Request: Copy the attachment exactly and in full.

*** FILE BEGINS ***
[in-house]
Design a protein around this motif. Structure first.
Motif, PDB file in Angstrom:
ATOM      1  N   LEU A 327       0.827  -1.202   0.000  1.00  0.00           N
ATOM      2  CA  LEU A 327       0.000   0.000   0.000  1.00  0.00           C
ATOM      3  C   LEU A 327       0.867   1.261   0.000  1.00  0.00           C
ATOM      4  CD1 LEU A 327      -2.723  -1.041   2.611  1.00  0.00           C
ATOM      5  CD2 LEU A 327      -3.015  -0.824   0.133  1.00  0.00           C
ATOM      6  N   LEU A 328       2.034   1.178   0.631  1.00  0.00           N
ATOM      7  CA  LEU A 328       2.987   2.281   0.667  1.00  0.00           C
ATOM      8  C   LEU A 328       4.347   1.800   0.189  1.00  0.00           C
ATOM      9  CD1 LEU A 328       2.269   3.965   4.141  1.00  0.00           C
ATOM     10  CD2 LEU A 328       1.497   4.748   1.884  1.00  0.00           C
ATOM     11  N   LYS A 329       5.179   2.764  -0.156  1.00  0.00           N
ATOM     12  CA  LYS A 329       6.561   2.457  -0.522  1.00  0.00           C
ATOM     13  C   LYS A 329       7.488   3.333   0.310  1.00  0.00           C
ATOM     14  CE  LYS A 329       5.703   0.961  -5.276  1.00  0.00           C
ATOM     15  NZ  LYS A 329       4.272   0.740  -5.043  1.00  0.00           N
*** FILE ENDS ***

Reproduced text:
[in-house]
Design a protein around this motif. Structure first.
Motif, PDB file in Angstrom:
ATOM      1  N   LEU A 327       0.827  -1.202   0.000  1.00  0.00           N
ATOM      2  CA  LEU A 327       0.000   0.000   0.000  1.00  0.00           C
ATOM      3  C   LEU A 327       0.867   1.261   0.000  1.00  0.00           C
ATOM      4  CD1 LEU A 327      -2.723  -1.041   2.611  1.00  0.00           C
ATOM      5  CD2 LEU A 327      -3.015  -0.824   0.133  1.00  0.00           C
ATOM      6  N   LEU A 328       2.034   1.178   0.631  1.00  0.00           N
ATOM      7  CA  LEU A 328       2.987   2.281   0.667  1.00  0.00           C
ATOM      8  C   LEU A 328       4.347   1.800   0.189  1.00  0.00           C
ATOM      9  CD1 LEU A 328       2.269   3.965   4.141  1.00  0.00           C
ATOM     10  CD2 LEU A 328       1.497   4.748   1.884  1.00  0.00           C
ATOM     11  N   LYS A 329       5.179   2.764  -0.156  1.00  0.00           N
ATOM     12  CA  LYS A 329       6.561   2.457  -0.522  1.00  0.00           C
ATOM     13  C   LYS A 329       7.488   3.333   0.310  1.00  0.00           C
ATOM     14  CE  LYS A 329       5.703   0.961  -5.276  1.00  0.00           C
ATOM     15  NZ  LYS A 329       4.272   0.740  -5.043  1.00  0.00           N